Review: Mizu Saga Barley Shochu, Mizu Sakura Cask Shochu

Mizu Shochu is a brand of shochu launched in the US back in 2013 by Nehan Spirits (nehan is Japanese for nirvana). That’s right, a brand of shochu first launched in the US. Distribution has since expanded outside of the country, including “back home” here in Japan. Tonight we sit down with bottles of Saga Barley and the company’s newest expression, Sakura Cask.

Mizu Shochu is distilled by Munemasa Syuzo in Saga prefecture’s Arita. Arita is probably a name familiar to Suntory whisky fans as the company famously released several super-duper-premium versions of Hibiki in Arita ware bottles.

Unlike the 25% standard for shochu in Japan, all of Mizu’s releases are bottled at 35% abv because this abv worked best, and it’s a more solid base for cocktails. Higher proof releases are becoming industry standard for shochu makers for international markets. Meanwhile, Mizu Shochu has been doing it since 2013.

Apart from Saga Barley and Sakura Cask, Mizu Shochu also comes in Green Tea and Lemongrass varieties. I’ll point you to kanpai.us’s reviews of those two bottles. Lemongrass technically isn’t an allowed ingredient in honkaku shochu, disqualifying that bottle from being labeled as such. But if the government permits ingredients like onions and even non-botanicals like whey for the category, I don’t see why lemongrass shouldn’t be included.

Also, shochu makers across Japan looking to export for salvation ought to take some notes about the label and bottle design here. Mizu Shochu stands out on a back bar, and it’s a bottle just asking to be asked about by your patrons.

But looks can be deceiving. Let’s find out if the contents also deliver.

Review: Mizu Saga Barley Shochu

As the name indicates, Saga Barley uses two-row barley grown entirely in Saga prefecture. Even the rice used to start the black koji is from Saga. It’s also made using water from the Kurokamiyama. The surrounding forest is one of 100 water sources selected by Japan’s Ministry of Agriculture, Forestry and Fisheries as having been protected by its local community for centuries.

Digging deeper than the marketing, you might ask how Mizu Saga Barley Shochu is different from Munemasa Syuzo’s Kuro Izumiyama or Nonnnoko Kuro releases, both also barley shochus made with black koji. And they cost about a third of what Mizu Saga Barley Shochu does. The answer is probably the abv–25% for either of those bottles vs. Mizu’s 35%–and availability outside of Japan.

Let’s dig in.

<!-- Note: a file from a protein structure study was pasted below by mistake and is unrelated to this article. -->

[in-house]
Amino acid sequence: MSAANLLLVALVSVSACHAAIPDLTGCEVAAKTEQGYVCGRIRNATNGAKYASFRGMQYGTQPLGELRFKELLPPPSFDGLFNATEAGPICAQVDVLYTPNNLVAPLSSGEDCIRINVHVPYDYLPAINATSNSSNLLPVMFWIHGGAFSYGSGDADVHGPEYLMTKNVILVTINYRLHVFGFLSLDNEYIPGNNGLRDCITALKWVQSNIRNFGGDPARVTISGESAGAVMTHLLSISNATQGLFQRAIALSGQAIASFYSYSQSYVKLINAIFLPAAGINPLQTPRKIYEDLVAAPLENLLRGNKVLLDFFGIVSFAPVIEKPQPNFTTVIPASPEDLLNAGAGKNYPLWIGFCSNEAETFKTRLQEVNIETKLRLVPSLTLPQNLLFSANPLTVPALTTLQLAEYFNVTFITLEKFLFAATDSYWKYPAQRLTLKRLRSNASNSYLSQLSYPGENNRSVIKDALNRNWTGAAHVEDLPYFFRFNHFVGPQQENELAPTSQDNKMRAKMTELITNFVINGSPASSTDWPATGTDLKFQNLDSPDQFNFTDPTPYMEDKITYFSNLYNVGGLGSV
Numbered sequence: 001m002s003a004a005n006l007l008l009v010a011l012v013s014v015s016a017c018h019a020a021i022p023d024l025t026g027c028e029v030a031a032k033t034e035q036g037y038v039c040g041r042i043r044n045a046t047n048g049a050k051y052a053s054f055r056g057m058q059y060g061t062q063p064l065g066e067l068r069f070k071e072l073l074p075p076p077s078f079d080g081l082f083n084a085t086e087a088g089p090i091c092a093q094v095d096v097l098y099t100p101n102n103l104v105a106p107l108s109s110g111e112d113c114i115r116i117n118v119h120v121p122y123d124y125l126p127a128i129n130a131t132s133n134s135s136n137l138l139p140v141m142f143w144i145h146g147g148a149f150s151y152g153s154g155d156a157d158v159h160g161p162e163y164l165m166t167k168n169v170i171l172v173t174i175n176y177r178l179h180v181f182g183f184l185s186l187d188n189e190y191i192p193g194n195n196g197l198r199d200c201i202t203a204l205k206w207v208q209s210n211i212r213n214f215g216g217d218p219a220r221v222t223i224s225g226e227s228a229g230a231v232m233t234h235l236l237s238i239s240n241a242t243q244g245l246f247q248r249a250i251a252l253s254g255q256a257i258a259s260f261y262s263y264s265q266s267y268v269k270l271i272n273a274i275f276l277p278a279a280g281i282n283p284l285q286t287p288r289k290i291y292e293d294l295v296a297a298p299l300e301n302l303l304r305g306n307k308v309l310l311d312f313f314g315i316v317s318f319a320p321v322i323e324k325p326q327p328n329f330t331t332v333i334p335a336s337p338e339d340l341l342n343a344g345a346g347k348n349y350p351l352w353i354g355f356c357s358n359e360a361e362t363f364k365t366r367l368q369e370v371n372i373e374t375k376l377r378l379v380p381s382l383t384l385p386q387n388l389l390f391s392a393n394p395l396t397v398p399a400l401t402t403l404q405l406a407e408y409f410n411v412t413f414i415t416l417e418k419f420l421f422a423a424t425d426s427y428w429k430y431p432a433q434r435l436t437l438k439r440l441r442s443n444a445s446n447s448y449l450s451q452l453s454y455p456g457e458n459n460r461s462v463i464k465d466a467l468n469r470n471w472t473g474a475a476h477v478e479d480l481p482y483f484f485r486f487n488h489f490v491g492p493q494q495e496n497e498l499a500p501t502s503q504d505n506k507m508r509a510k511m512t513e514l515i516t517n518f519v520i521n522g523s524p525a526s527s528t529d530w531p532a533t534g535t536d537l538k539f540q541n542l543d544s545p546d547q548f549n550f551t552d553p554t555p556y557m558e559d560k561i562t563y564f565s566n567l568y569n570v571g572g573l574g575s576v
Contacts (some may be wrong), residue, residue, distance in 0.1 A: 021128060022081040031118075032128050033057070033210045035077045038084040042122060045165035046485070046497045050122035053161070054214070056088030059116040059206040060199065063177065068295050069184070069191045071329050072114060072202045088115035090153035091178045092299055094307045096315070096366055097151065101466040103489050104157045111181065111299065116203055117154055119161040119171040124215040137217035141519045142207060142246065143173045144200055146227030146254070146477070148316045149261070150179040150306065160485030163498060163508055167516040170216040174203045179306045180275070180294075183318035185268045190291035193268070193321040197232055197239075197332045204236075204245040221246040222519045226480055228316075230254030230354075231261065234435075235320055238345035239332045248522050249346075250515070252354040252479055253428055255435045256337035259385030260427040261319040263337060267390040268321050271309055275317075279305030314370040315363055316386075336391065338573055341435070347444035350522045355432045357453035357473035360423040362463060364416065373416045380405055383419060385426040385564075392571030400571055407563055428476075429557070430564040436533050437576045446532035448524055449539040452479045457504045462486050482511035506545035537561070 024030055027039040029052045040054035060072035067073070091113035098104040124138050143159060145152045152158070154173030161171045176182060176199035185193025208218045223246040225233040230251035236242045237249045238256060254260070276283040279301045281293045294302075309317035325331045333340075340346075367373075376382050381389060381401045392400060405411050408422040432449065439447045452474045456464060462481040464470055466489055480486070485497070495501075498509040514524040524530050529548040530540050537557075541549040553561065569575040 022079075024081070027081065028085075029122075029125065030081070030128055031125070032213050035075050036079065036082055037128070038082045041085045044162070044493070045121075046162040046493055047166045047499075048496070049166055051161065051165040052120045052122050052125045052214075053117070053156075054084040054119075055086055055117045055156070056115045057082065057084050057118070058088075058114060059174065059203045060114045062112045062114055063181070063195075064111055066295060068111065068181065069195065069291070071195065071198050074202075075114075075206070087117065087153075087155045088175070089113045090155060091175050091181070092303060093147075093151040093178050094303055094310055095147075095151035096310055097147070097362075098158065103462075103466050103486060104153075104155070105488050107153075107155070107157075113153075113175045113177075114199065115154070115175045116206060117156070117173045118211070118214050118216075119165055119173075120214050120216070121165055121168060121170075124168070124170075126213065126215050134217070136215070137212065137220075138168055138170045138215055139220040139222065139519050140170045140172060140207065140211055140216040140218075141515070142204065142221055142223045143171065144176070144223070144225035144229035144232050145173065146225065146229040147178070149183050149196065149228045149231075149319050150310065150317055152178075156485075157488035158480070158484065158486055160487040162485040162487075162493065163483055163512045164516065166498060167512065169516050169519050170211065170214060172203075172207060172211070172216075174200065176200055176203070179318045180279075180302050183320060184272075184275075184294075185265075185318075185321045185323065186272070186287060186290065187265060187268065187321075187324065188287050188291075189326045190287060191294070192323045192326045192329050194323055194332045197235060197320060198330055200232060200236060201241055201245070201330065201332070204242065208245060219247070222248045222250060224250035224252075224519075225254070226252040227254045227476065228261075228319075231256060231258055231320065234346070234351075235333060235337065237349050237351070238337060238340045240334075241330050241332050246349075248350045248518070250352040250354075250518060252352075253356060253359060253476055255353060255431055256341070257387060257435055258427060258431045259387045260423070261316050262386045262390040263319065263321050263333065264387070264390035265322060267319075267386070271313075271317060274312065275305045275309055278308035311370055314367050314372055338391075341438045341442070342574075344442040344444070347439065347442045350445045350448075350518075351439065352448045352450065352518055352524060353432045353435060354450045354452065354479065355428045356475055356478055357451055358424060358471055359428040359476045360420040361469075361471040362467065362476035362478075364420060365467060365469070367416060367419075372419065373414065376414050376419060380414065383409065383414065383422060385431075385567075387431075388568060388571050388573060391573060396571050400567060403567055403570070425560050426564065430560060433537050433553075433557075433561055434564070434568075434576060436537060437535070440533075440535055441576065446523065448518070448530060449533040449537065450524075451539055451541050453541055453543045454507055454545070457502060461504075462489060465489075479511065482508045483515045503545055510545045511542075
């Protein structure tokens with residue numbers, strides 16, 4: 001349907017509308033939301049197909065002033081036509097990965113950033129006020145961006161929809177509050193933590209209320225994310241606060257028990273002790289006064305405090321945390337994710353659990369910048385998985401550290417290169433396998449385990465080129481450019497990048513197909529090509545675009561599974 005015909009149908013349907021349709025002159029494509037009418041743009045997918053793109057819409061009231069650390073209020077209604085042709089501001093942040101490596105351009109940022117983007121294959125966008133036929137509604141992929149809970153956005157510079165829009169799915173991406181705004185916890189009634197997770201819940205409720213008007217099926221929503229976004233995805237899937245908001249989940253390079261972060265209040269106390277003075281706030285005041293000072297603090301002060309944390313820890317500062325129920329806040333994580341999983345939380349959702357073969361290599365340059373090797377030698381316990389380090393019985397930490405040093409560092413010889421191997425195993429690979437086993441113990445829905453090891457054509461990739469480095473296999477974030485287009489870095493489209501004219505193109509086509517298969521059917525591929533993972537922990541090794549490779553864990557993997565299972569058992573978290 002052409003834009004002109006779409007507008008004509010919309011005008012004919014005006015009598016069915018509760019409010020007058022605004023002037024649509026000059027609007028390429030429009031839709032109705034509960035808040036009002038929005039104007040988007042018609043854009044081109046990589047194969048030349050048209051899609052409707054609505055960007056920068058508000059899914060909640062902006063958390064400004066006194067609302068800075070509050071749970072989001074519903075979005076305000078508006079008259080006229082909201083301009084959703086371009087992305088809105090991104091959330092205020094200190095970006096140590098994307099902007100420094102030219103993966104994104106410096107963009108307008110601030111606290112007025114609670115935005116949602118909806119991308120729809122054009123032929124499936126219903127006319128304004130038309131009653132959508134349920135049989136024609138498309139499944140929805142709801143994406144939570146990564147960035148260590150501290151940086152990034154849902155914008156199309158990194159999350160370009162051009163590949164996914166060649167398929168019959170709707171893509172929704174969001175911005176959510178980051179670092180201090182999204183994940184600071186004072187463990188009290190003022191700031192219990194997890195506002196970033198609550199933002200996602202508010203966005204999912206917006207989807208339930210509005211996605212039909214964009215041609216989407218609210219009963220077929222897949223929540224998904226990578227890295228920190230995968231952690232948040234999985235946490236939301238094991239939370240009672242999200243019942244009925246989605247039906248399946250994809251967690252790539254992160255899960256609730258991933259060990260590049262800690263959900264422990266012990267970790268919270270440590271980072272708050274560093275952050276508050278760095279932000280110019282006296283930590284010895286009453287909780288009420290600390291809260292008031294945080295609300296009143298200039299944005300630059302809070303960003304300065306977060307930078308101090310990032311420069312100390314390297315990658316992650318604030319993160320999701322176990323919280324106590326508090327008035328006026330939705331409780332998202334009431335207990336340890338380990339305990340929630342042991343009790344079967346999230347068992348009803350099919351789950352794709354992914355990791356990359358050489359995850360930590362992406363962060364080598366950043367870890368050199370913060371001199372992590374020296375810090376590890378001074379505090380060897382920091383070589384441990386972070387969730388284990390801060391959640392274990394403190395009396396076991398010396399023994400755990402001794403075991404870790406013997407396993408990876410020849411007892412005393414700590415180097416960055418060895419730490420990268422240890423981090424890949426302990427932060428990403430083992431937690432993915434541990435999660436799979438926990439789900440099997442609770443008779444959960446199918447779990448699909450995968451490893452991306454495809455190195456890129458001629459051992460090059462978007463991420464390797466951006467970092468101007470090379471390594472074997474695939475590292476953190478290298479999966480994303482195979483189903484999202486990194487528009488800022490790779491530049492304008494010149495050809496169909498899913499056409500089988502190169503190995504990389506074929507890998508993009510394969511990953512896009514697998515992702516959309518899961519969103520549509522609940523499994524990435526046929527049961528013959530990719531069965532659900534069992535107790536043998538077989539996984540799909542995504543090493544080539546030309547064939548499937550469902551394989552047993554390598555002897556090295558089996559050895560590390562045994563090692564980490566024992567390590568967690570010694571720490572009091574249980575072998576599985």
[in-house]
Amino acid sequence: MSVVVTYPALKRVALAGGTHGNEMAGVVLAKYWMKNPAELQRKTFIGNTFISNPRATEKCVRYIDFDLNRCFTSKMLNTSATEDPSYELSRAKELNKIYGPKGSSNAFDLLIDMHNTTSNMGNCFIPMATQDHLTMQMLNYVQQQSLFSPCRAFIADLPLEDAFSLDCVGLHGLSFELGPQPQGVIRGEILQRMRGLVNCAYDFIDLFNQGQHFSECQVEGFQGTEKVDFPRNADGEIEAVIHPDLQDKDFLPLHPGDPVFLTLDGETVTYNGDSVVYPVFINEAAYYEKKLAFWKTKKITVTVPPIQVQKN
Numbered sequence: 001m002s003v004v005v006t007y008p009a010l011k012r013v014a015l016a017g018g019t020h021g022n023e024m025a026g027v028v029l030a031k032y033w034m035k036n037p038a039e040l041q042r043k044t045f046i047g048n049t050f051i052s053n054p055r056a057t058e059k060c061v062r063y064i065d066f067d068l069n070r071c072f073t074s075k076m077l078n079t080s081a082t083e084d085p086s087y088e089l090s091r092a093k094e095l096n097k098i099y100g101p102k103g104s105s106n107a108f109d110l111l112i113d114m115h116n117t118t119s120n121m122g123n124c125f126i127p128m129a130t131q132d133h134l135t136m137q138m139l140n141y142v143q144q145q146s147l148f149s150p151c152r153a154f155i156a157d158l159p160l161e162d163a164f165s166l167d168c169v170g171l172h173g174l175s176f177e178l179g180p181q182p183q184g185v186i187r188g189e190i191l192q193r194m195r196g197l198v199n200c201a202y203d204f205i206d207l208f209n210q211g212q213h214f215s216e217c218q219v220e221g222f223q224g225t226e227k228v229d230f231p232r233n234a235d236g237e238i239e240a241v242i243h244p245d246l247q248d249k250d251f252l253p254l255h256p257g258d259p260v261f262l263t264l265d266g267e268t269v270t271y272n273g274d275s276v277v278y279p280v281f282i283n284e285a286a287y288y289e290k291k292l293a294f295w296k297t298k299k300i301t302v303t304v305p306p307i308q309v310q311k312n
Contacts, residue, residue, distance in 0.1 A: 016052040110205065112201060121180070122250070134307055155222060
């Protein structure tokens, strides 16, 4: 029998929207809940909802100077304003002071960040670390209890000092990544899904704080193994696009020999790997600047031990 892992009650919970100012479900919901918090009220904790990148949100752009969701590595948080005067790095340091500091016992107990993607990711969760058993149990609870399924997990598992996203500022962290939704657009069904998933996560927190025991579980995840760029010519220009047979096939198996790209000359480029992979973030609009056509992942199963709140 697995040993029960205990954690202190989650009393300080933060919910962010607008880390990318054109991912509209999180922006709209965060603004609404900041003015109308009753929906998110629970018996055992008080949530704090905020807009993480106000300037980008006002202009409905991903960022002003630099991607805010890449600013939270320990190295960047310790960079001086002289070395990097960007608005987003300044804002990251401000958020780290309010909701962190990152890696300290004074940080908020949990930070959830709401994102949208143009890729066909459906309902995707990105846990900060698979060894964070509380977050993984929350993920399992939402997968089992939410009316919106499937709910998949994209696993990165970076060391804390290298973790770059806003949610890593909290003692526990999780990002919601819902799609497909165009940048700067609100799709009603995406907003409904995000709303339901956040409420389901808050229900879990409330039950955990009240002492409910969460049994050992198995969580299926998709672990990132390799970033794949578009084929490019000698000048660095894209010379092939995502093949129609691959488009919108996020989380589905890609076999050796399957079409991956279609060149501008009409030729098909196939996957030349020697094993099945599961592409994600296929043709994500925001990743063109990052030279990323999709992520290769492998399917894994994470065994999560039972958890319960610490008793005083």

Nose: Clean and light. Earthy, grassy, with cereal, banana, unripened pear, then green apple,

Palate: Dry and light on the tongue, with subtle vanilla and more green fruits, Umami warmth of koji.

Finish: Short and simple, with trailing grain

Score: B

Price paid: Free, thanks to Nehan Spirits for providing the sample. Mizu Saga Barley retails for $34.99 in the US or 3,300 yen in Japan. 700ml, 35% abv.

Overall, an excellent example of the subtleties of barley shochu, amped up a bit for foreign audiences. I’d say it’s a bit too powerful to go alongside food, as is standard for shochu here in Japan. That said, it’s a beautiful introduction to the category for first-time shochu drinkers.

Review: Mizu Sakura Cask Shochu

Sakura Cask builds upon Saga Barley, where the same distillate is aged nine months in medium-char yamazakura casks made by famed cooperage Ariake Sangyo. It’s nine months because, any longer, you probably can’t call it shochu anymore.

Given those regulations, aging in wood hasn’t been a traditional part of shochu culture. And while this isn’t the world’s first sakura cask shochu–here’s a different one from Oita–it’s a rare combination. This kind of innovation in shochu is coming from an American company tells you a lot about how traditions could be standing in the way of proper global expansion for the category.

Sakura casks are rare for Japanese whisky, too, though some producers are experimenting with them.

Nose: Relaxing, clean, and light again, this time with fresh-cut grass, You might expect a cherry bomb, but it’s not here. The banana of the Saga Barley returns too.

Palate: And there’s the cherry we were expecting. Not the candied kind, but the ones you pick from the tree yourself.

Finish: Oaky, alongside slight cherry notes. Medium length.

Score: A-

Price paid: Free, thanks to Nehan Spirits for providing the sample. Mizu Sakura Cask Shochu retails for $54.99 in the US, and it’s not yet available in Japan. 700ml, 35% abv.

Legal classifications aside, I could ask for a bit longer in the cask on this one. With the nuances of the sakura cask, it’s pretty adventurous and the kind of shochu I think overseas audiences will appreciate more than domestic audiences.

Thanks to Nehan Spirits for the samples. I am looking forward to more of their releases!

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